Question #2: “Aren’t YOU, Jack, naked while taking the photos?” Typically, the answer is no, I’m not, and for several reasons.
First, almost always, there’s a chance a TreeSpirit photo will be interrupted by an authority figure (i.e. park ranger, police, security guard). In my considerable experience in this arena, I’m more effective explaining the situation to someone in uniform if I’m clothed too. Although, one of the many joys of making TreeSpirit photos on a nude cruise is not having to worry (as much) about authorities since we usually have permission, or a specific island or beach all to our nudist selves.
Second, I’m a light-skinned man of Russian and German descent, over 50, who no longer tries to tan, especially in the tropics. I think of short-order griddles and skin cancer. So I choose shirt, shorts and hat over sunblock #30 on every curve and crevice, which then inevitably smears onto my camera gear, too.
Third, there is the convenience of pockets. Knick-knacks photographic, iPhones and walkie-talkies, go where, exactly, if not into pockets?
Finally, I’m simply used to being clothed while wearing and working with camera and tripod. It’s what I’ve done for over 25 years professionally. (I used to feel naked without my photo vest and its 18 pockets; I’ve gotten past that sports photographer’s attachment, mostly because I no longer shoot while in-line skating.)
Having said all that — hey, I’m not being defensive! — my familiar habit was about to be challenged. This cruise to the South Pacific’s island nations of Fiji, Vanuatu, and New Caledonia, was my second-ever cruise of any kind. (My first was a nude cruise to the Caribbean in February, 2014; my third will be in February of 2015).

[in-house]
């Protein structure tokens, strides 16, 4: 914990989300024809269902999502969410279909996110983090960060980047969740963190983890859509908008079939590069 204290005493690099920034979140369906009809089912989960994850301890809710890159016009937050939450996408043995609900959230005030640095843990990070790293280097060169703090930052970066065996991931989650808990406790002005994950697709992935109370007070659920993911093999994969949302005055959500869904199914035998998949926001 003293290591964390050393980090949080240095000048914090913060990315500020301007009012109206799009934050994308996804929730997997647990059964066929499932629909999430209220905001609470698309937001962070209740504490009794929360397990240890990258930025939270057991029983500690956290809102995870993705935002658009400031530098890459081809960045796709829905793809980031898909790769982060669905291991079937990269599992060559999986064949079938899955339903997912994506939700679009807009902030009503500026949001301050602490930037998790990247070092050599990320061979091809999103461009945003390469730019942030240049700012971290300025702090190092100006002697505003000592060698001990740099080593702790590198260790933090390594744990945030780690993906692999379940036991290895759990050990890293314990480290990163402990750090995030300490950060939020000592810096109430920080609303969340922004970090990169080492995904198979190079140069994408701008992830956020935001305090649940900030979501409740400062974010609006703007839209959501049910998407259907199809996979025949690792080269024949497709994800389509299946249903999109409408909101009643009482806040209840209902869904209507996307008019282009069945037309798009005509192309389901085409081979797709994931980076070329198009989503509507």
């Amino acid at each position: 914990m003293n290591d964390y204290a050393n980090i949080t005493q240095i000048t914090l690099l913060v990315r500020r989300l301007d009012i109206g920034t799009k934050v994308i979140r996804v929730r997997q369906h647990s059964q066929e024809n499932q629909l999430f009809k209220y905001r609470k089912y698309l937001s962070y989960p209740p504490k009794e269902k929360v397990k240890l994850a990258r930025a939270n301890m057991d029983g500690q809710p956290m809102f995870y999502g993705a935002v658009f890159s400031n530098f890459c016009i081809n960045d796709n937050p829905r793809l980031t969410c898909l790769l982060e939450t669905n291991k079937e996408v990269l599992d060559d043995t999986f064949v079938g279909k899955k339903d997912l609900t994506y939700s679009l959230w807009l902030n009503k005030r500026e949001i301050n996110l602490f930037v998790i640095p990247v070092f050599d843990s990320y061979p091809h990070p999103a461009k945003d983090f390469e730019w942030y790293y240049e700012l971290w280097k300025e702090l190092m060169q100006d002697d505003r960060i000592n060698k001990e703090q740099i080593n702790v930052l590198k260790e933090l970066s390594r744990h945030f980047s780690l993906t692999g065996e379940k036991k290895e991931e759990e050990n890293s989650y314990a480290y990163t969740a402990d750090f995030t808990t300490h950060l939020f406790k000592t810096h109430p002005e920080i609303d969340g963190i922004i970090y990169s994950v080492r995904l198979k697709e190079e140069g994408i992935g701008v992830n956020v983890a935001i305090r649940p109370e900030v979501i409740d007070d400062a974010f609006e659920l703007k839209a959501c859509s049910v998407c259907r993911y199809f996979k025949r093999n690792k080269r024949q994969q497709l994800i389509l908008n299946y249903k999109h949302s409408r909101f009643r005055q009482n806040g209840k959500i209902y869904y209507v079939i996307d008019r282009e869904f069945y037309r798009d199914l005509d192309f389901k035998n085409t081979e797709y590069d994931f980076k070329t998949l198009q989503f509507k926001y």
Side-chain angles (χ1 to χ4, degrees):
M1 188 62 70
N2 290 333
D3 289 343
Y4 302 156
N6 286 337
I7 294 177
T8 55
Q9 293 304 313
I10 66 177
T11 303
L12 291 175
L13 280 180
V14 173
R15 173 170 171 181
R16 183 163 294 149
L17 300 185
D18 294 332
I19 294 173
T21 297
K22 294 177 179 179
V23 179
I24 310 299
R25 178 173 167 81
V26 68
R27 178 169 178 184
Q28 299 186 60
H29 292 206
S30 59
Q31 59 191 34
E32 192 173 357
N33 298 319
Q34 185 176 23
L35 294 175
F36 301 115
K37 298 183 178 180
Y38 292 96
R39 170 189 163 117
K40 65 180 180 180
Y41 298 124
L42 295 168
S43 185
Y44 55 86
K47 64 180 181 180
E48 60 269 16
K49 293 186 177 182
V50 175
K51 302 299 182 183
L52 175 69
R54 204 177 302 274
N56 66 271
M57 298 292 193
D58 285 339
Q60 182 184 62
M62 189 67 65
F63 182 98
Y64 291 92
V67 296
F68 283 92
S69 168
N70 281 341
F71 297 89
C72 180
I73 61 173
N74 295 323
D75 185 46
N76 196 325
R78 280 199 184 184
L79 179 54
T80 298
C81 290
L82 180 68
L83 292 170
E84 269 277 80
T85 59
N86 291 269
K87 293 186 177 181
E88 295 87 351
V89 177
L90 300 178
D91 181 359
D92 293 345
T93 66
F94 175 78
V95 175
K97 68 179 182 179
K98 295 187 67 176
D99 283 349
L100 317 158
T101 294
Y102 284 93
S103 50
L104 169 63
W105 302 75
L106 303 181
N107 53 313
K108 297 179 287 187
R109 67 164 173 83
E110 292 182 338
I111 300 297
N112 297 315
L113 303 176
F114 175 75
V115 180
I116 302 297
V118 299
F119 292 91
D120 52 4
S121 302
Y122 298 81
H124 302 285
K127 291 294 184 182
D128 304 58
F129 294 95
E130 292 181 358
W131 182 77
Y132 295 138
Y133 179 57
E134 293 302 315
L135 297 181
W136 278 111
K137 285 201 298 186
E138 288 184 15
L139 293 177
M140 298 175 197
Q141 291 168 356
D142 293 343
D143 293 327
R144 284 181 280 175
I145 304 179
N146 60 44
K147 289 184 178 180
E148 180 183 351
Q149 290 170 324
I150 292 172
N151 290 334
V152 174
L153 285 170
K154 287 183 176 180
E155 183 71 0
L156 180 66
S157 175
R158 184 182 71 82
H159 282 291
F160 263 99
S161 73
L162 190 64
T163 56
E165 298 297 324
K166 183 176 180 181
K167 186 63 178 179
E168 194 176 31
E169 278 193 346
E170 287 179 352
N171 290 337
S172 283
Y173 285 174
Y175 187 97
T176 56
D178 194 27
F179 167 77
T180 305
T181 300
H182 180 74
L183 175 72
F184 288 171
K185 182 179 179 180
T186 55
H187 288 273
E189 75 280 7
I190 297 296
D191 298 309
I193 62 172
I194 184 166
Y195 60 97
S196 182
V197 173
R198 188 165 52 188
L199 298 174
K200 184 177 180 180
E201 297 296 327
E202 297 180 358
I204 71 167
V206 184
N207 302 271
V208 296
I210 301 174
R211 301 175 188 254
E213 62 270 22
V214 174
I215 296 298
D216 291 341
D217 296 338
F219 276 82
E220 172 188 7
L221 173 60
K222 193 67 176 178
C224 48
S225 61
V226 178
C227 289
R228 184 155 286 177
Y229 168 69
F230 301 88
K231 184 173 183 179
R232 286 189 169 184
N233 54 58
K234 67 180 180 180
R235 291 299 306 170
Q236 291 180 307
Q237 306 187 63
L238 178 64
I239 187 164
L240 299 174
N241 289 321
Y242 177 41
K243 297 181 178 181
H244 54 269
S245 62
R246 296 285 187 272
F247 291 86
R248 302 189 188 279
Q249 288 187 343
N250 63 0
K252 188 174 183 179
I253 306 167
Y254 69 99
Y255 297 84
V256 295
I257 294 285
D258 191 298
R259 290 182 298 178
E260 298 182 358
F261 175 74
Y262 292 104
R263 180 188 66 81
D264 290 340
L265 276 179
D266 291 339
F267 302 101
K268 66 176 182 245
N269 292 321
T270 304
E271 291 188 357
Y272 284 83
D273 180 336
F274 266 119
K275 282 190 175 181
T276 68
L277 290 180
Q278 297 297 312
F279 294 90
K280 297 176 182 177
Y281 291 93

I walked down the beach of Amedee Lighthouse Island, hiding from the sun beneath clothes and sunglasses, announcing to the mostly nude sunbathers that the scheduled TreeSpirit photo was happening now, and to come along if interested. But then a naked guy about my age yells back, “How come YOU’RE not naked?; what are you, a pervert?!”
Uh…uh…a one-second delay while my brain decides the best response… is to…ignore the accusation, concede the point, and give up my pockets. Off come my clothes, and on to a TreeSpirit photo, naked on both sides of the camera!
Once at the tree, a giant banyan, participants were, as always with nudists, completely comfortable in only their skin, and, even better, around each other. It also turned out there were plenty of exuberant tree lovers who leapt at the chance to climb — so many, I had to ask some to come down to make the composition work aesthetically (too many people on one side). See “Amedee Islanders” photo excerpt at bottom of page.
I also gotta say about the nude/naturist community, at least the one I’ve been in for a total of 3 weeks at sea during two Bare Necessities-chartered nude cruises, is a super-friendly, playful, and welcoming group of people. From all walks of life, from different continents and cultures, a broad range of professions include doctors and lawyers, naked people are everywhere. They walk among us! Enough to fill a 2,000-passenger cruise ship! In other words, nudists are just like everyone else, with only one predilection binding them together: they enjoy being naked, even without trees around.
• Learn more about upcoming nude cruises (TreeSpirit will be on “The Big Nude Boat, Part Deux” to islands in the French Caribbean, February 2015) at Bare Necessities Tour & Travel.
• Photographs of Jack courtesy of fine travel photographer and all-around good guy, Eric Hayes, http://www.EricHayes.ca